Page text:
Obama, Medvedev agree to cut nuclear weapons

U.S. President Barack Obama and Russian President Dmitry Medvedev signed an agreement Monday to cut their nuclear weapons stockpiles by as much as one-third and vowed to "re-set" relations between the two countries.

2-day summit between U.S. and Russia is first in 7 years

Russian President Dmitry Medvedev, left, welcomes U.S. President Barack Obama in the Kremlin on Monday. ((RIA-Novosti, Vladimir Rodionov, Presidential Press Service/Associated Press))
U.S. President Barack Obama and Russian President Dmitry Medvedev signed an agreement Monday to cut their nuclear weapons stockpiles by as much as one-third and vowed to "re-set" relations between the two countries.

Following a four-hour meeting at the Kremlin, the two leaders announced they are aiming to cut deployed nuclear warheads to about 1,500.

"Within seven years after this treaty comes into force, and in future, the limits for strategic delivery systems should be within the range of 500-1,100 units and for warheads linked to them within the range of 1,500-1,675 units," the framework agreement says.

U.S. President Barack Obama, wife Michelle, and their daughters Sasha, left, and Malia, right, arrive in Moscow on Monday. ((Haraz N. Ghanbari/Associated Press))
Under current treaties, each country is allowed a maximum of 2,200 warheads and 1,600 launch vehicles.

The pact is meant as a guide for negotiators as the two nations work toward a replacement pact for the Strategic Arms Reduction Treaty (START I), which expires on Dec. 5.

A White House statement said the treaty includes "effective verification measures."

The framework was one of eight agreements the two leaders committed to at the first day of the two-day summit in Moscow.

Others agreements include:

  • More co-operation related to public health and medical research.
  • A commission to try to account for missing service members from conflicts dating back to the Second World War.
  • Resuming military co-operation that will allow exchanges between the two countries and war game exercises.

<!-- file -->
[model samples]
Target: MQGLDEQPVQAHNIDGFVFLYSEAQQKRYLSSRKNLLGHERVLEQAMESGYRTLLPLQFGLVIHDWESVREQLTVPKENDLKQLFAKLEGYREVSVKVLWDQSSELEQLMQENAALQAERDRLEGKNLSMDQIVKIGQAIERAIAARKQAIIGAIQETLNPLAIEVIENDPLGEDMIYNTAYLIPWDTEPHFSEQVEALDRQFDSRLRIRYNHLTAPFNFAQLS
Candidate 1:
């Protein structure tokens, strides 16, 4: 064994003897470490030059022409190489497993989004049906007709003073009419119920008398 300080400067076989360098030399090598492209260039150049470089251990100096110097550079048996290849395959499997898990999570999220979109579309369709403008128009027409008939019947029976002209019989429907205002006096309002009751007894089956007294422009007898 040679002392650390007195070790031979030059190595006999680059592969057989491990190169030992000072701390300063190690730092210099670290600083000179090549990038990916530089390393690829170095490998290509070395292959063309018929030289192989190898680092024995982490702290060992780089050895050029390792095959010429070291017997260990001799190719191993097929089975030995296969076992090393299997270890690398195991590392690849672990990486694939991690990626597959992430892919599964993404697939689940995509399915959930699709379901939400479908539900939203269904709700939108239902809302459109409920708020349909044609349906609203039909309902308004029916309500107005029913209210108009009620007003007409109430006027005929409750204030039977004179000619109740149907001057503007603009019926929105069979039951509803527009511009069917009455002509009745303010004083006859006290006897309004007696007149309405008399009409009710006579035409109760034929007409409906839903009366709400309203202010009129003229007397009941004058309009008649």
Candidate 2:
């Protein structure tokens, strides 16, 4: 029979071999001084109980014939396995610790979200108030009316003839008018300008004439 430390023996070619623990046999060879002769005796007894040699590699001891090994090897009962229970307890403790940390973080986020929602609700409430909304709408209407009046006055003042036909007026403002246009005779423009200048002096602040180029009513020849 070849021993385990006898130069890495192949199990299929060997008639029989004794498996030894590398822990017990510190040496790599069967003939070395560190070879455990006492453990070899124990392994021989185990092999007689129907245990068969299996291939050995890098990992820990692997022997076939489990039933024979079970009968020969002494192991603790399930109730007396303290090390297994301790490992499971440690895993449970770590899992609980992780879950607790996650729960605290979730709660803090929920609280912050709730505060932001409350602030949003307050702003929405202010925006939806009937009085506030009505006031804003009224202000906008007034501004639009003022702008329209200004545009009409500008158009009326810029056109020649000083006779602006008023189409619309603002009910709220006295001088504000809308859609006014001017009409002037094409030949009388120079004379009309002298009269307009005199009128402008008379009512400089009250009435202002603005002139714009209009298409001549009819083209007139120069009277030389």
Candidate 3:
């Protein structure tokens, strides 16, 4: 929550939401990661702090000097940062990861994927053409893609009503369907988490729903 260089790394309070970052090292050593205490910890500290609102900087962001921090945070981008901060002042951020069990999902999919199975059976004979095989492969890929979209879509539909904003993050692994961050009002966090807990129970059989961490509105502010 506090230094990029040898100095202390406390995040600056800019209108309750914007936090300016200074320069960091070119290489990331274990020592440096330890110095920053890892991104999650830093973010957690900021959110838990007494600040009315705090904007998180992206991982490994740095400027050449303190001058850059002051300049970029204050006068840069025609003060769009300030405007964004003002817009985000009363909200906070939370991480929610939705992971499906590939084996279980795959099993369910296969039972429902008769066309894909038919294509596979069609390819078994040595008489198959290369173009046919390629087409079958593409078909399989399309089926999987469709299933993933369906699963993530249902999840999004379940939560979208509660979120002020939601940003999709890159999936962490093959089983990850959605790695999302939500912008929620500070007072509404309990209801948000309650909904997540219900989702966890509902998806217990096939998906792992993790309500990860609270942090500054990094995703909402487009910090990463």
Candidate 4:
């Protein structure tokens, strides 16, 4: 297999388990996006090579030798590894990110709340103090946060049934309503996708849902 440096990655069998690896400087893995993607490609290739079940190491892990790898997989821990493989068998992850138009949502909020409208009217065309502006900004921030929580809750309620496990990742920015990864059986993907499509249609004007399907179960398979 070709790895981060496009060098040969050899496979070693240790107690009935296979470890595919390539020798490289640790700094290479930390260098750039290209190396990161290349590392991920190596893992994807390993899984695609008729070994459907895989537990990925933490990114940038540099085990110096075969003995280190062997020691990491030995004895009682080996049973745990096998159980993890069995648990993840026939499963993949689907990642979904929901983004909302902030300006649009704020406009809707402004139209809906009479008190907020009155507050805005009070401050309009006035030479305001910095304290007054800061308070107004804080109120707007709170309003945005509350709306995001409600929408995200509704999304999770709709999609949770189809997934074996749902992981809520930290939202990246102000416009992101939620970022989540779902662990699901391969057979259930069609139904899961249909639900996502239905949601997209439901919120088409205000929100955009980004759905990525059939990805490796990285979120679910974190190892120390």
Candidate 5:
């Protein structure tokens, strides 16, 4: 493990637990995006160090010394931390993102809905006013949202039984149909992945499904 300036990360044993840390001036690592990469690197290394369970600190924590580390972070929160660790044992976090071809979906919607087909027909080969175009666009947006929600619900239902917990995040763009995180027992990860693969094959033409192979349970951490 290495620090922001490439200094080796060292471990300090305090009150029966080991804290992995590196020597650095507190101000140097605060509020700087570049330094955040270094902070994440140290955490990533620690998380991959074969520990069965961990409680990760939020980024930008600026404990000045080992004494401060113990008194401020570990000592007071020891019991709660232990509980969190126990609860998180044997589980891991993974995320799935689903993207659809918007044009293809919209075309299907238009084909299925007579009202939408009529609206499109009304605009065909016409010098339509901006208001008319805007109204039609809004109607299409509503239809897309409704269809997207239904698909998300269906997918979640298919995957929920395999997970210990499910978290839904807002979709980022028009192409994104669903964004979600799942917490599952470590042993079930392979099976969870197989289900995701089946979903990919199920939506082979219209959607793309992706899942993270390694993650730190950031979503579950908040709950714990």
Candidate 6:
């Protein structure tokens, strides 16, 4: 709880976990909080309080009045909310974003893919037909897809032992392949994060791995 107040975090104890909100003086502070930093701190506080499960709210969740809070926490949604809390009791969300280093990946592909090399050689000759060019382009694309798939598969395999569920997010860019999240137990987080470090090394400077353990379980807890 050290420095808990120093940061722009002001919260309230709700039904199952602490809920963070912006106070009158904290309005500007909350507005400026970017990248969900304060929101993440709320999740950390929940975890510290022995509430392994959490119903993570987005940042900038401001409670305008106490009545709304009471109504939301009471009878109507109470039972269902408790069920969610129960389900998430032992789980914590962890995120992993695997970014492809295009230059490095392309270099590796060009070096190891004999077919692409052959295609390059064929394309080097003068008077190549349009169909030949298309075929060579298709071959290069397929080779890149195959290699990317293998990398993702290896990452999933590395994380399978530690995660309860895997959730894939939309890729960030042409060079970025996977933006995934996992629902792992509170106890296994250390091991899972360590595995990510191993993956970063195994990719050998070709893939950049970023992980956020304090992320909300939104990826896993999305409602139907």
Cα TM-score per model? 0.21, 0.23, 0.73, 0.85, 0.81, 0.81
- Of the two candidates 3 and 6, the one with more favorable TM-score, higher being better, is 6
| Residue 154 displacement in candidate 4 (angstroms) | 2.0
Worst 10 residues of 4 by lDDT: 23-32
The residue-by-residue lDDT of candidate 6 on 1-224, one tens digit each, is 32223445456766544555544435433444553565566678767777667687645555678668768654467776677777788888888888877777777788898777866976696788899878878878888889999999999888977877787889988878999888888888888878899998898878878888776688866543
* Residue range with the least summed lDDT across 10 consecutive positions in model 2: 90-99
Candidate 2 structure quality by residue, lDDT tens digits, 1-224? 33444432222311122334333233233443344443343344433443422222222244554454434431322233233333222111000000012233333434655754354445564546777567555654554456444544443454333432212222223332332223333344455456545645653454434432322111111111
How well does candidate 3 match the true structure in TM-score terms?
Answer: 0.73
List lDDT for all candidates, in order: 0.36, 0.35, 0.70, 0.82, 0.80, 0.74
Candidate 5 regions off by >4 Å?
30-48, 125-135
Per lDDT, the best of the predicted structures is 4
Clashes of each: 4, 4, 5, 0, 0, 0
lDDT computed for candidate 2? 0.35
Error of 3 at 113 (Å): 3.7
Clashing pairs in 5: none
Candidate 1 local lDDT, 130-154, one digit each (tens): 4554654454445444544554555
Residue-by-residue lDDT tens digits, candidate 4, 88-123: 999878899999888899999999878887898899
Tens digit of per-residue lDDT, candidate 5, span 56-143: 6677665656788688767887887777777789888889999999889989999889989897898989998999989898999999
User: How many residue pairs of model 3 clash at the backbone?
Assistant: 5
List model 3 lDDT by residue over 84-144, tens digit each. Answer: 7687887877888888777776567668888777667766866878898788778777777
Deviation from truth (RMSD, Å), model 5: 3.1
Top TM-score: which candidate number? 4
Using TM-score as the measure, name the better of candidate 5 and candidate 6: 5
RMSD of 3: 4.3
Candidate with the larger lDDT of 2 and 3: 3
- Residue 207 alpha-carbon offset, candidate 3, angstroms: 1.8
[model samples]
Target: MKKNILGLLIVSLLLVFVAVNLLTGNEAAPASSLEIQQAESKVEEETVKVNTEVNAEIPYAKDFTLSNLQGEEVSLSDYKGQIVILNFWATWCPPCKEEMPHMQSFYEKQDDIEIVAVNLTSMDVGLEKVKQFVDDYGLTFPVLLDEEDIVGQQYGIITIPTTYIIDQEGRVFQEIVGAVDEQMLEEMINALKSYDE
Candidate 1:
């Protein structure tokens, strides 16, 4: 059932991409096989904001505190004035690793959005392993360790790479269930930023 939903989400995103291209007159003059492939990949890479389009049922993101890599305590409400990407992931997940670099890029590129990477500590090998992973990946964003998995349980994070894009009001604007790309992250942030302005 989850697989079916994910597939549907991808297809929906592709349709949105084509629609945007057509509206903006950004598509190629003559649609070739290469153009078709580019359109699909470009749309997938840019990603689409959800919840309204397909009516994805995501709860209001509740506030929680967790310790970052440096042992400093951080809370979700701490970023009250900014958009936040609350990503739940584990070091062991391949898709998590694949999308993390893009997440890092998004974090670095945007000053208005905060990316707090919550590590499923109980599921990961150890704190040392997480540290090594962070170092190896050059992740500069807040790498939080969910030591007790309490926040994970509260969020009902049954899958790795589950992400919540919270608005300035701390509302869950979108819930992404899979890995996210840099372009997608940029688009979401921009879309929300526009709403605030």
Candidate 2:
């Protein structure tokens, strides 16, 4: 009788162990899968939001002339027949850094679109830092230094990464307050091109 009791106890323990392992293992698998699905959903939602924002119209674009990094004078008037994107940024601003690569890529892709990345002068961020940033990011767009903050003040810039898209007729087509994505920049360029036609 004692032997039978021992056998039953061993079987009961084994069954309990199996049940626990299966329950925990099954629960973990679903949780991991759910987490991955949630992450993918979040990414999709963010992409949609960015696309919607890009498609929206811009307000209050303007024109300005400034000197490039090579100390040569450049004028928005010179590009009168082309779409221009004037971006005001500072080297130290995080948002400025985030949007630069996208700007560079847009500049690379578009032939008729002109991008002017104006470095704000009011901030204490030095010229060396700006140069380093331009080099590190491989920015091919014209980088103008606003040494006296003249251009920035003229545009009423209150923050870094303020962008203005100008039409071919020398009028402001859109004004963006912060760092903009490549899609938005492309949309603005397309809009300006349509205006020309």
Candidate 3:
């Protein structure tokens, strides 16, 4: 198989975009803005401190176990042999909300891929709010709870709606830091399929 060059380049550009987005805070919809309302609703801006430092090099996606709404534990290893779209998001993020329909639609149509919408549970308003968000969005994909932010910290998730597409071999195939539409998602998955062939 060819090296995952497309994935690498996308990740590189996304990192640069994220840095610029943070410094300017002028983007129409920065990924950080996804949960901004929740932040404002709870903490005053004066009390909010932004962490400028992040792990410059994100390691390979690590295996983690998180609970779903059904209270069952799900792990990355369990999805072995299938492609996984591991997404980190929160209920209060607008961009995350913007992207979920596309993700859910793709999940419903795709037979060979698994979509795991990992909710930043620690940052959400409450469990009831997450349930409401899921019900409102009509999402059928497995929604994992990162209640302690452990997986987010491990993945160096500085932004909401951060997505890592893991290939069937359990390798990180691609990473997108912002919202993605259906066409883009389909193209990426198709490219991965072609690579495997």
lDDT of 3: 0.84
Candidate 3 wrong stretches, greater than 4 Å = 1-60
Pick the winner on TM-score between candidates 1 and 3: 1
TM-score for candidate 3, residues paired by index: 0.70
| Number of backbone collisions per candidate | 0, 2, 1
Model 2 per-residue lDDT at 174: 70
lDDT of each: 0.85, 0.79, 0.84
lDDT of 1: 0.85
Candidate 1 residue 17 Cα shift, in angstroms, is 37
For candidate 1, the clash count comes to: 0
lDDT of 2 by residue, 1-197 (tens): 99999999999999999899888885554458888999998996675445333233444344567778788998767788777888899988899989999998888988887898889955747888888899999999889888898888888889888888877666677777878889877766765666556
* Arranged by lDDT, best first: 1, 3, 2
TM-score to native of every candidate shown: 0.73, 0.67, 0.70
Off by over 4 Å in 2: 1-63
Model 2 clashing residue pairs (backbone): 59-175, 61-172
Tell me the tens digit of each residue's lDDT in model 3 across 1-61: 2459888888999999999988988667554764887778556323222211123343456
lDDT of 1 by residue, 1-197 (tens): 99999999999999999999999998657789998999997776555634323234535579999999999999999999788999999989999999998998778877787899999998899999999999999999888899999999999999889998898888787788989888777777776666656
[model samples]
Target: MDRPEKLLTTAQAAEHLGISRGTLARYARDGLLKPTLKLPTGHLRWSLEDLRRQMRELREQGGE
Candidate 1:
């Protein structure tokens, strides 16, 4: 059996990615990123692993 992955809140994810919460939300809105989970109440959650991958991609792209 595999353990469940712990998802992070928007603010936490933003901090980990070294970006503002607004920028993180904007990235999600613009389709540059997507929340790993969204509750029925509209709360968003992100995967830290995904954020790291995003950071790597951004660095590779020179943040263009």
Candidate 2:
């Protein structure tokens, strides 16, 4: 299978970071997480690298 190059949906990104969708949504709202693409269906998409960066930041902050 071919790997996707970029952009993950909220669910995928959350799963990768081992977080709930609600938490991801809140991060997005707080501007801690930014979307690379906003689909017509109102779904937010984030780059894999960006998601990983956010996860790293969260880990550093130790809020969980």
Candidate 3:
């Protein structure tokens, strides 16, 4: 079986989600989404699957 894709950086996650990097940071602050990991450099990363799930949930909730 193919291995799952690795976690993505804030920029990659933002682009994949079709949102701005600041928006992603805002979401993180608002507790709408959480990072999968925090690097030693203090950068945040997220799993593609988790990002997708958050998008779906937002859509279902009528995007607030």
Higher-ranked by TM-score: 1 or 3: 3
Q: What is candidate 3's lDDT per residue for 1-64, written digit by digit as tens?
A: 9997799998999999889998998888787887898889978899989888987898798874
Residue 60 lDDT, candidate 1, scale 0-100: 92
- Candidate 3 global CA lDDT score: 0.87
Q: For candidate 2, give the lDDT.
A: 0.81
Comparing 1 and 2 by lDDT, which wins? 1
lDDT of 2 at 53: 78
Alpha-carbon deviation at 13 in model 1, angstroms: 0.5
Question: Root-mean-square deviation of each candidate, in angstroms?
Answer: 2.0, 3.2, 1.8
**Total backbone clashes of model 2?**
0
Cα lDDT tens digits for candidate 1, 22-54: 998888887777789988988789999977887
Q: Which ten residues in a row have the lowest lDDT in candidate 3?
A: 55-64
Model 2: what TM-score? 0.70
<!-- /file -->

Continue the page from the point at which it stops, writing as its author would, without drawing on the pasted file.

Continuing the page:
• A pact to allow the U.S. military to enter Russian airspace to transport troops and equipment to Afghanistan.
  • Working together to improve the economy and social structures in Afghanistan while also fighting drug traffickers.

Medvedev characterized the meeting as a "first, but very important step in the process of improving full scale co-operation between our two countries which should go to the benefit of both states."

"We have agreed we will go forward. We will make decisions that are needed for the relations of our two countries," he said.

The U.S. and Russia must leave "behind the suspicion and the rivalry of the past so that we can advance the interests that we hold in common," Obama said.

"We must lead by example, and that's what we are doing here today. We resolve to reset U.S.-Russian relations so that we can co-operate more effectively in areas of common interest," he said.

Missile defence system

But though the Russian president called the agreement to reduce nuclear weapons stockpiles a "reasonable compromise," there remain serious differences between the two countries regarding the missile defence shield in Europe, he said.

Moscow has insisted the American missile defence program be scrapped before implementation of any replacement for START I.

Obama told reporters he still remains hopeful of the pact with Russia on missile defence. The two leaders discussed the possibility of nuclear threats coming from North Korea and Iran, he said.

On Friday, Dmitry Peskov, a spokesman for Vladimir Putin, the current prime minister and former president, said the Kremlin would not negotiate a replacement to START I unless Obama clarifies plans for the defence system to be based in Poland and the Czech Republic.

Obama's seven-month-old administration is reviewing the planned missile defence system, which former U.S. president George W. Bush pushed for aggressively.

The U.S. president repeated Washington's position that the planned system is aimed at intercepting missiles from Iran and has nothing to do with countering "a mighty Russian arsenal," as many in Russia suspect.

Russian traditional wooden dolls, matreshkas, some of them depicting Russian President Dmitry Medvedev and U.S. President Barack Obama, are part of a street vendor's display in downtown Moscow. ((Mikhail Metzel/Associated Press))
Medvedev called it "a difficult area for our discussion," but suggested that the new openness between the two countries could help.

Relationship overhaul

Obama will meet with Putin on Tuesday.

Though protocol does not demand the president visit the prime minister, many analysts see Putin as still holding the real reins of power in Russia.

The U.S. president will also have meetings with the country's opposition leaders, meet with former Soviet leader Mikhail Gorbachev and deliver a speech to Russian students at the New Economic School.

More than 10,000 security officers were patrolling the Russian capital, where demonstrations were expected, for the visit.

Obama is travelling with his wife, Michelle, and his daughters, Sasha and Malia, during the week-long trip. They went on a tour of the Kremlin with Russia's first lady, Svetlana Medvedev, on Monday.

Following Obama's meetings in Russia, he will travel to Italy for G8 meetings and will then head to Ghana to deliver a speech.

With files from The Associated Press